What is a Phishing email and how do I report them?

If you believe you have received an email that is a phishing or malicious email then you will need to report it to IT using the method below.

If you are not sure what constitutes a phishing or malicious email you can read the information listed below.

Options for reporting Malicious Emails

  1. Forward the email to abuse@volstate.edu.

  2. Call the IT Help Desk (615) 230-3302 to review the contents of the email safely.

Phishing explained

Phishing scams are typically fraudulent email messages appearing to come from legitimate enterprises (for example, your college your Internet service provider, your bank). These messages usually direct you to a spoofed website or otherwise get you to divulge private information (for example, pass phrase, credit card, or other account updates). The perpetrators then use this private information to commit identity theft.

One type of phishing attempt is an email message stating that you are receiving it due to fraudulent activity on your account, and asking you to "click here" to verify your information. 

Phishing scams are crude social engineering tools designed to induce panic or reward in the reader. These scams attempt to trick recipients into responding or clicking immediately, by claiming they will lose something (for example, email, bank account) or gain something such gift cards, jobs, or prizes. Such a claim is always indicative of a phishing scam, as responsible companies and organizations will never take these types of actions via email.

Specific types of phishing

Phishing scams vary widely in terms of their complexity, the quality of the forgery, and the attacker's objective. Several distinct types of phishing have emerged.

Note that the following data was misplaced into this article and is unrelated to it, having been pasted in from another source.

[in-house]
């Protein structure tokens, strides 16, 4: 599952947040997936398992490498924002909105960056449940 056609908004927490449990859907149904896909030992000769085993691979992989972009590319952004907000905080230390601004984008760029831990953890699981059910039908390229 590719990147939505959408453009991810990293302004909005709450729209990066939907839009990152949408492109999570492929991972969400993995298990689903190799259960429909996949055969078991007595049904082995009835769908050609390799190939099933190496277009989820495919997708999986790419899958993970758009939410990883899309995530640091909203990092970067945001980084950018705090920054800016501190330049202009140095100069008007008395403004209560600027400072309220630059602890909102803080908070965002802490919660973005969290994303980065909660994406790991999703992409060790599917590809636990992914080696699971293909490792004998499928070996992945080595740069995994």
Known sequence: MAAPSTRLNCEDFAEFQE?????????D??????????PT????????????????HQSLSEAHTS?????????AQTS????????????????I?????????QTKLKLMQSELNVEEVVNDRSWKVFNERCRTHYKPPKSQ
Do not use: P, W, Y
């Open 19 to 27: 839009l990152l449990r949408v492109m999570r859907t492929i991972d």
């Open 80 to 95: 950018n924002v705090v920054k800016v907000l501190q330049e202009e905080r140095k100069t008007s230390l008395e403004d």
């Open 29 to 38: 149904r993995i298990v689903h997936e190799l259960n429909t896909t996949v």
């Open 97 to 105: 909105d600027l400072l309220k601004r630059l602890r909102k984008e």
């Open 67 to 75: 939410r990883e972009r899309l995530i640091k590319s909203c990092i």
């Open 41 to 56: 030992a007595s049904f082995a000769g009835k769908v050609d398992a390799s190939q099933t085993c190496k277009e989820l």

Spear phishing

Phishing attacks directed at specific individuals, roles, or organizations are referred to as "spear phishing". Since these attacks are so pointed, attackers may go to great lengths to gather specific personal or institutional information in the hope of making the attack more believable and increasing the likelihood of its success.

The best defense against spear phishing is to carefully, securely discard information (that is, using a cross-cut shredder) that could be used in such an attack. Further, be aware of data that may be relatively easily obtainable (for example, your title at work, your favorite places, or where you bank), and think before acting on seemingly random requests via email or phone.

One example of Spear phishing used often is they will create a Gmail account under the name of a manager and then they send emails out to subordinates asking them to do a favor.  After responding they will ask the person to go to the store and buy gift cards.


The term "whaling" is used to describe phishing attacks (usually spear phishing) directed specifically at executive officers or other high-profile targets within a business, government, or other organization.

Avoid scams

To guard against phishing scams, consider the following:

  • Volunteer State Community Colllge and other reputable organizations will never use email to request that you reply with your password, full Social Security number, or confidential personal information. Be suspicious of any email message that asks you to enter or verify personal information, through a website or by replying to the message itself. Never reply to or click the links in such a message. If you think the message may be legitimate, go directly to the company's website (that is, type the real URL into your browser) or contact the company to see if you really do need to take the action described in the email message.